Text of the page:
Three years ago, in Citizens United vs. Federal Election Commission, the Supreme Court ruled that corporations and unions have a 1st Amendment right to spend their money to influence voters. The court struck down restrictions on independent expenditures, saying they were a form of protected political speech and that prohibiting them was censorship.
The decision didn't go as far as some of its detractors imagine. For example, it didn't eliminate laws prohibiting corporations from contributing directly to political campaigns, nor did it strike down restrictions on political spending by foreign corporations. Contrary to popular belief, Citizens United didn't authorize rich people to spend unlimited amounts of their own money on political advertising. They already had that right under a 1976 Supreme Court decision.
Still, as this editorial page said at the time, the decision needlessly overturned decades of reasonable restrictions on political activity by corporations. It has led to an unsavory increase in the influence of corporate and other special-interest money in the political process. Promising initiatives to counter some of the effects of the decision have been introduced in Congress, but they have been stymied. That has led some frustrated activists to propose that the U.S. Constitution be amended to overturn Citizens United. As part of that campaign, voters in the city of Los Angeles will be asked on May 21 to answer the following question:
"Shall the voters adopt a resolution that there should be limits on political campaign spending and that corporations should not have the constitutional rights of human beings and instruct Los Angeles elected officials and area legislative representatives to promote that policy through amendments to the United States Constitution?"
Critical as we were of Citizens United, we aren't convinced that Proposition C is the best way to fix the country's campaign finance system. Although it purports to "instruct" members of Congress from this area to support a constitutional amendment, in fact they wouldn't be bound by it. Thus, it would most likely have little or no effect.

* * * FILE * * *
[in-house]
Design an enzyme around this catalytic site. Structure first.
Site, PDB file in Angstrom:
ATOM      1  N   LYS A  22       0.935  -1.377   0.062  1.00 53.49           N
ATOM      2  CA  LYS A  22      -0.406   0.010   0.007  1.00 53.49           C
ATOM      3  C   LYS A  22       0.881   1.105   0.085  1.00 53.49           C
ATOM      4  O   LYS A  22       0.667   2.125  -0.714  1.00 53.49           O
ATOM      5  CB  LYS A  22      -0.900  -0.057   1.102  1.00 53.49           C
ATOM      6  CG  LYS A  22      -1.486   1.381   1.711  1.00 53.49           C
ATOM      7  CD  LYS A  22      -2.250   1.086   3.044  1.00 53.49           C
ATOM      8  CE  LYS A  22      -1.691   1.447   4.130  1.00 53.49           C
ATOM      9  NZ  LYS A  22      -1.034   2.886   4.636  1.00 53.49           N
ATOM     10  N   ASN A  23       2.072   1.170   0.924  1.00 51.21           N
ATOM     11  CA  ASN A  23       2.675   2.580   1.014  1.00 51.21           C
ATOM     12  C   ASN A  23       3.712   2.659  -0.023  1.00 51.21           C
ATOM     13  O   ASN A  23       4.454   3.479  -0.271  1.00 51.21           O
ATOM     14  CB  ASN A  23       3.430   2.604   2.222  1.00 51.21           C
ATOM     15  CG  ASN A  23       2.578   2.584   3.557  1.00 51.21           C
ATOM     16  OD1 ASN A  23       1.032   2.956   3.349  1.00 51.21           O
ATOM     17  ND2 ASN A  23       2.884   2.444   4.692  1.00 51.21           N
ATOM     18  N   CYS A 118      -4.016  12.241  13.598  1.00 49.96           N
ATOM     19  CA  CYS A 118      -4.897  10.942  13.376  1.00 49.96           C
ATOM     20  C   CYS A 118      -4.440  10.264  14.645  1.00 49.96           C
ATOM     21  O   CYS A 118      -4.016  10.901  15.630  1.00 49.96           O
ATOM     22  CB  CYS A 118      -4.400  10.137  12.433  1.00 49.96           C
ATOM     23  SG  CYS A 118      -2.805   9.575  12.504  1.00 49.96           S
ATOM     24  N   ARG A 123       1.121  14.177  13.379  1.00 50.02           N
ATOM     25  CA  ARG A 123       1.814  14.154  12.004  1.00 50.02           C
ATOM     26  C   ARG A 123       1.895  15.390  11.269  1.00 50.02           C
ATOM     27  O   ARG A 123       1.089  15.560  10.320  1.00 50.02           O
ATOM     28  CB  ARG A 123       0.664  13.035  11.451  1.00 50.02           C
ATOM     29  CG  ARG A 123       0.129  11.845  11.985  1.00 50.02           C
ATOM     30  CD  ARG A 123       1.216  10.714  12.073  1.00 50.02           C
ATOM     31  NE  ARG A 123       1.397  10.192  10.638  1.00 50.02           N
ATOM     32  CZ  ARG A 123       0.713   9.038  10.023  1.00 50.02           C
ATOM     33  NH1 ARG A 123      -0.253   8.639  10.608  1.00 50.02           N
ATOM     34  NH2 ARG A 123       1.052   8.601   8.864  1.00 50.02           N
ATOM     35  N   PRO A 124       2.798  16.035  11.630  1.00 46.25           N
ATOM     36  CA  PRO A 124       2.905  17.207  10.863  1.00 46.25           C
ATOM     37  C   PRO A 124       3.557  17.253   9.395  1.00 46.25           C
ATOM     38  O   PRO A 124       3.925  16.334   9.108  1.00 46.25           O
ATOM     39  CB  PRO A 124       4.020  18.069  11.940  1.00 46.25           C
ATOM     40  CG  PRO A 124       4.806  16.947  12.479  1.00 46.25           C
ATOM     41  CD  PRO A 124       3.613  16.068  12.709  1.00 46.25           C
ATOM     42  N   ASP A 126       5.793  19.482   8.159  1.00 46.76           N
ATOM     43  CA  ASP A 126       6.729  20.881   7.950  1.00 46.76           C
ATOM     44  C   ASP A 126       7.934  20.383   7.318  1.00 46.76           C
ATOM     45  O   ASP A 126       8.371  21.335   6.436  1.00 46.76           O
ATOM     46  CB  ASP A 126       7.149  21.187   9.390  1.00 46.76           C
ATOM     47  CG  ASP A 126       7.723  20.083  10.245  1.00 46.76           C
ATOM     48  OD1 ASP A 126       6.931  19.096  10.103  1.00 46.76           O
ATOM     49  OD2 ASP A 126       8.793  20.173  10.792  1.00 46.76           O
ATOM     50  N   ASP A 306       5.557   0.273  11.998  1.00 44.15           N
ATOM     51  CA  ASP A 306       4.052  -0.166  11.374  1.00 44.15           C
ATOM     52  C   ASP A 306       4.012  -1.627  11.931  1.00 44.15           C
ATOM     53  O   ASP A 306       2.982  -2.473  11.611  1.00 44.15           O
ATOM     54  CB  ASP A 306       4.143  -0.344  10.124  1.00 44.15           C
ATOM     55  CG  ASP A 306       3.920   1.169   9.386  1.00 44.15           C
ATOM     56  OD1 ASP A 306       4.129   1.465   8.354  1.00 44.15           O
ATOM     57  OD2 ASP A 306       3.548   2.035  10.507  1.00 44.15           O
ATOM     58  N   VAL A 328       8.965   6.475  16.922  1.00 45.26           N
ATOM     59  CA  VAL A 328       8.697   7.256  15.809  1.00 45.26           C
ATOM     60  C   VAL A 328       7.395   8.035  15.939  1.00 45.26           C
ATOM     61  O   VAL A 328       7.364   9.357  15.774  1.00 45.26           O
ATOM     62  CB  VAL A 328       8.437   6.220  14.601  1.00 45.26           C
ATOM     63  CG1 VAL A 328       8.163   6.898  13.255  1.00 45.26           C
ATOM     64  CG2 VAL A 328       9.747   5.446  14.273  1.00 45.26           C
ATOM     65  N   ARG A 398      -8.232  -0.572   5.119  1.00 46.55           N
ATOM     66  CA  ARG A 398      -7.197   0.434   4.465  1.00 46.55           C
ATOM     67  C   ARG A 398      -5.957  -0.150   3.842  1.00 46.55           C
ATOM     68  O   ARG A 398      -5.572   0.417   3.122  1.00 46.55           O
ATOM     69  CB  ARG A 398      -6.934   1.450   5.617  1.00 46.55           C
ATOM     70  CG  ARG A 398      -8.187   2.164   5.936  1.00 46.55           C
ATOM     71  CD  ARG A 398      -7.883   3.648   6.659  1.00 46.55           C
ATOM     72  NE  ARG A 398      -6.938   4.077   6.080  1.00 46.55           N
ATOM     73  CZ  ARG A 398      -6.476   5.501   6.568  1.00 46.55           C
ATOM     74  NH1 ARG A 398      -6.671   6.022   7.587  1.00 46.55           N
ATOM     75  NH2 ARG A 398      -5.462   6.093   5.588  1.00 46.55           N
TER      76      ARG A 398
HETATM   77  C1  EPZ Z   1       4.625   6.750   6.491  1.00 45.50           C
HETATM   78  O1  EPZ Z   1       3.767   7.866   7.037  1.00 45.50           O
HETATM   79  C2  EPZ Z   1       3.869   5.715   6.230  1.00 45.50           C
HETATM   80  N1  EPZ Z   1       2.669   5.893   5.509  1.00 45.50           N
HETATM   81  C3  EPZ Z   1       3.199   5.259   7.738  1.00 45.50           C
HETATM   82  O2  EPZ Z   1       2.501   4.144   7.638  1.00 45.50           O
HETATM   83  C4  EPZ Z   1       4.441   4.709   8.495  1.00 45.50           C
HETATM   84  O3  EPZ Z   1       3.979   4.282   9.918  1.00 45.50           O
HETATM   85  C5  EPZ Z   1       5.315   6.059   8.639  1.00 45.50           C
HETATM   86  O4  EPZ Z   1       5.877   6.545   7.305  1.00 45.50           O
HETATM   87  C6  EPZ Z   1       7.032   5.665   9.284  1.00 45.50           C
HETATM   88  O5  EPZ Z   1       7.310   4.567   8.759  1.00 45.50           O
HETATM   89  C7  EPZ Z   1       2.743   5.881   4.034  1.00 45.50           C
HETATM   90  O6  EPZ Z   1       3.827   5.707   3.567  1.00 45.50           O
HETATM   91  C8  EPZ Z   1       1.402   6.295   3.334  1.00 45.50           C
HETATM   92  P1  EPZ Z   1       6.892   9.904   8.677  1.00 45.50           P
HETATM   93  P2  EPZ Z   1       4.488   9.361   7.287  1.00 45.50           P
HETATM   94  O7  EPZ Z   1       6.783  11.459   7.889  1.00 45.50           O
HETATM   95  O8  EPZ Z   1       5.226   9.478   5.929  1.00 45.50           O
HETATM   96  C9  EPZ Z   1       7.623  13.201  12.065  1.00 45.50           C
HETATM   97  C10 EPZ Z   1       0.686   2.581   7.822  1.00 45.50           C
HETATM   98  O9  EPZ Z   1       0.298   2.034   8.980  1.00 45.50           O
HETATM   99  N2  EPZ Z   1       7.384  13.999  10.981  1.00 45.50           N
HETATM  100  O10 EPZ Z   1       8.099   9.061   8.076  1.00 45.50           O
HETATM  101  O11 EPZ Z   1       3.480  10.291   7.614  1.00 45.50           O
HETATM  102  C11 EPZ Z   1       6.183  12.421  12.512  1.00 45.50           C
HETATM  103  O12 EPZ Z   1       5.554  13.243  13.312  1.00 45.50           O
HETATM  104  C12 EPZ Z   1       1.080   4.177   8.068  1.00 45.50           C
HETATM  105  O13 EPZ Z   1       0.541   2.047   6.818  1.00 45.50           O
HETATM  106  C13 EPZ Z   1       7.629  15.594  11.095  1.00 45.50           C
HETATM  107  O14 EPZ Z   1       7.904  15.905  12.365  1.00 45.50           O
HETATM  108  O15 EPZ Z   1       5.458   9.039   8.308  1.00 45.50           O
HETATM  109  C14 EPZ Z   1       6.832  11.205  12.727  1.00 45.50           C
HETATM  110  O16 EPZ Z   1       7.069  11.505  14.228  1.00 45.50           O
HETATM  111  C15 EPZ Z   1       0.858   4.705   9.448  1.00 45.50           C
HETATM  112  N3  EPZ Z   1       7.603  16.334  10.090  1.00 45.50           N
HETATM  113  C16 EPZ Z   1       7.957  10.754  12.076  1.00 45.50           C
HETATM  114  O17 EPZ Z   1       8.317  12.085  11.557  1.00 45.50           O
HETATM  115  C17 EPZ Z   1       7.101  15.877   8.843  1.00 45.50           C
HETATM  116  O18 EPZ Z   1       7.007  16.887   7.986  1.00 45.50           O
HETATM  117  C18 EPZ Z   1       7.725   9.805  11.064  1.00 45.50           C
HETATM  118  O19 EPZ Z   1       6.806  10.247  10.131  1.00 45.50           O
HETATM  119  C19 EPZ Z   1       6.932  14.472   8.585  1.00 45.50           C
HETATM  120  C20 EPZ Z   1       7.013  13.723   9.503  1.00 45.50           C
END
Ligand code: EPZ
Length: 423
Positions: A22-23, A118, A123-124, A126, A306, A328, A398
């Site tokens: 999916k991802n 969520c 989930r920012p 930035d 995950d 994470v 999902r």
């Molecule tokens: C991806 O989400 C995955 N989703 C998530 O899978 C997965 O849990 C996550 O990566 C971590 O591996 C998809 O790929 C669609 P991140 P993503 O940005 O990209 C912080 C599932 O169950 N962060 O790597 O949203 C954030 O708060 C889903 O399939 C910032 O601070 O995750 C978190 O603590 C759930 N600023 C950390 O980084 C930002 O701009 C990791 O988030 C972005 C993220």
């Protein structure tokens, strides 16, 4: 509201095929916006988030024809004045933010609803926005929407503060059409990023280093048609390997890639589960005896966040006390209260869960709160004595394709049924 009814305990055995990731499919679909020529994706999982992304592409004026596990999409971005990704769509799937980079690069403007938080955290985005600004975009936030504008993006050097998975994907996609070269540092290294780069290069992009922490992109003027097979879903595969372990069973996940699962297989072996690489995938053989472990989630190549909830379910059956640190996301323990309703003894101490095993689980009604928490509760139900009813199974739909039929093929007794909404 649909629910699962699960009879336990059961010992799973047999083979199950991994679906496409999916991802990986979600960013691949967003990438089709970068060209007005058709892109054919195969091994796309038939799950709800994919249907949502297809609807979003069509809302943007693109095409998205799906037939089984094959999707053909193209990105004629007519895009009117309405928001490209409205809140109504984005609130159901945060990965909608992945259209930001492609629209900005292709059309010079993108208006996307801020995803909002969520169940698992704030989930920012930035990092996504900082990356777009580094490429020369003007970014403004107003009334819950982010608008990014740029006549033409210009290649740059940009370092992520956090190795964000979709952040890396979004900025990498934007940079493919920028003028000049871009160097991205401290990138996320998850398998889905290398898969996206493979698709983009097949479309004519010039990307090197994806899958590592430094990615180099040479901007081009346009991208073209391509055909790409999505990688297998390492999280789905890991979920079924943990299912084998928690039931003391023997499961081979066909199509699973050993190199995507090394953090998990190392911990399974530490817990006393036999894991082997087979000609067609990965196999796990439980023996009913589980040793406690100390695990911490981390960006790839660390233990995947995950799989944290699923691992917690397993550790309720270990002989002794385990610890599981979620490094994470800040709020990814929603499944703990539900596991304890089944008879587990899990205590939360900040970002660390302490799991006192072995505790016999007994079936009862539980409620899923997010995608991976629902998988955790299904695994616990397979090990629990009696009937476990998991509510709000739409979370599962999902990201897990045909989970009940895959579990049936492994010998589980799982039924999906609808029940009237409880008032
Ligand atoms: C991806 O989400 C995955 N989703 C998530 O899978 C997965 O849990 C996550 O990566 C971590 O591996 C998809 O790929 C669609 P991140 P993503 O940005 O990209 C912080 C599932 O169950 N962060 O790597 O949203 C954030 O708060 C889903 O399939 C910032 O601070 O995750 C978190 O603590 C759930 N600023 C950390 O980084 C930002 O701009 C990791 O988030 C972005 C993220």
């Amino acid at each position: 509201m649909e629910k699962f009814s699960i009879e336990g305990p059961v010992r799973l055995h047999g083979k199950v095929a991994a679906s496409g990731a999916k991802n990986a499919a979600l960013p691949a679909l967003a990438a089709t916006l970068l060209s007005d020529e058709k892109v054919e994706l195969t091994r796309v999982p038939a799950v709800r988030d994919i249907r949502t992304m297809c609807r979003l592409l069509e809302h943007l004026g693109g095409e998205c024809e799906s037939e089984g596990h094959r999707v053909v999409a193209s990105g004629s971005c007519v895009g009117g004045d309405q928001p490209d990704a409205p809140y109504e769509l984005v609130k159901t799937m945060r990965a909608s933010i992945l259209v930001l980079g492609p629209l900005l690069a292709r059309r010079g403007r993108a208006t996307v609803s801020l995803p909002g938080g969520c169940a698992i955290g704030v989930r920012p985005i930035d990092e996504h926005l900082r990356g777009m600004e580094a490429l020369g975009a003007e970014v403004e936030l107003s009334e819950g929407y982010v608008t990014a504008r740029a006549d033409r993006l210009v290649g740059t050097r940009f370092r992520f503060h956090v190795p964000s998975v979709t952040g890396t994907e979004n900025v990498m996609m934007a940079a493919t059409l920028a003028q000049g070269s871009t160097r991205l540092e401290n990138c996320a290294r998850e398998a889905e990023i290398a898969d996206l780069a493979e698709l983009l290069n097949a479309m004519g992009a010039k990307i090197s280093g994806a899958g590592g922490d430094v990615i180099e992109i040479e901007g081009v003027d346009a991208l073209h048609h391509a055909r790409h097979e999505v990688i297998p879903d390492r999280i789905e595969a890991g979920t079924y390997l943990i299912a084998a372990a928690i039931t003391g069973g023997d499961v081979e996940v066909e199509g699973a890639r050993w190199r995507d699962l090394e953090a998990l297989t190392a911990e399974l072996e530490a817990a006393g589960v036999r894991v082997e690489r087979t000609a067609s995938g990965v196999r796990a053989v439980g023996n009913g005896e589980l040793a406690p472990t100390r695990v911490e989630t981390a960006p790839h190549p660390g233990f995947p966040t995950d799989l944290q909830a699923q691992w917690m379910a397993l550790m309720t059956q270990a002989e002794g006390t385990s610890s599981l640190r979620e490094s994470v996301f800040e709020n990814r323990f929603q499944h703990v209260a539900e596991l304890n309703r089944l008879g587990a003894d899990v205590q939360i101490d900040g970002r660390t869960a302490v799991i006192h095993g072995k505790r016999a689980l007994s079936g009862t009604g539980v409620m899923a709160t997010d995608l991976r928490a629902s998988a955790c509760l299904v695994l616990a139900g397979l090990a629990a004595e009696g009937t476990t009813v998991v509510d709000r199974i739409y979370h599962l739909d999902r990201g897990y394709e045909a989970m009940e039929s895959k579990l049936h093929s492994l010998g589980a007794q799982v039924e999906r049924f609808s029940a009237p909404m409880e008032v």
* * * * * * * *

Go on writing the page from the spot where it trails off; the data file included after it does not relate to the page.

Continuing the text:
A more significant problem is that the "instruction" voters would be sending to their elected representatives would be vague and question-begging. Amending the Constitution ought to be a disciplined and careful process, because words matter. Precision is especially important when it comes to the 1st Amendment, which has escaped being amended for two centuries despite public outrage over court decisions involving political dissent, obscenity and flag burning.
Yet Proposition C doesn't offer an actual text of a proposed amendment. Instead, the hoped-for amendment is described (in a sample ballot mailed to voters) in terms of its effects: It should overturn parts of Citizens United and Buckley vs. Valeo, the 1976 Supreme Court decision holding that wealthy individuals could spend unlimited amounts of their own money on independent advocacy. It also should assert that corporations lack the constitutional rights of individuals and have no free-speech right to influence the electoral process. Finally, it should permit limits on political spending designed to ensure that "all citizens — regardless of wealth — have an opportunity to have their political views heard."
But these intentions could be implemented in a variety of ways, some of them worrisome. Take the sweeping assertion that corporations "do not have the constitutional rights of human beings." Would that "instruction" be limited to political speech, or would it also tell members of Congress that they should feel free to strip businesses of other protections, such as freedom from unreasonable searches and seizures and the right to due process in civil lawsuits? What about media corporations? Would magazines and newspapers still have the right to endorse candidates? In judging Proposition C, voters won't have the advantage of seeing any wording on that issue or any other.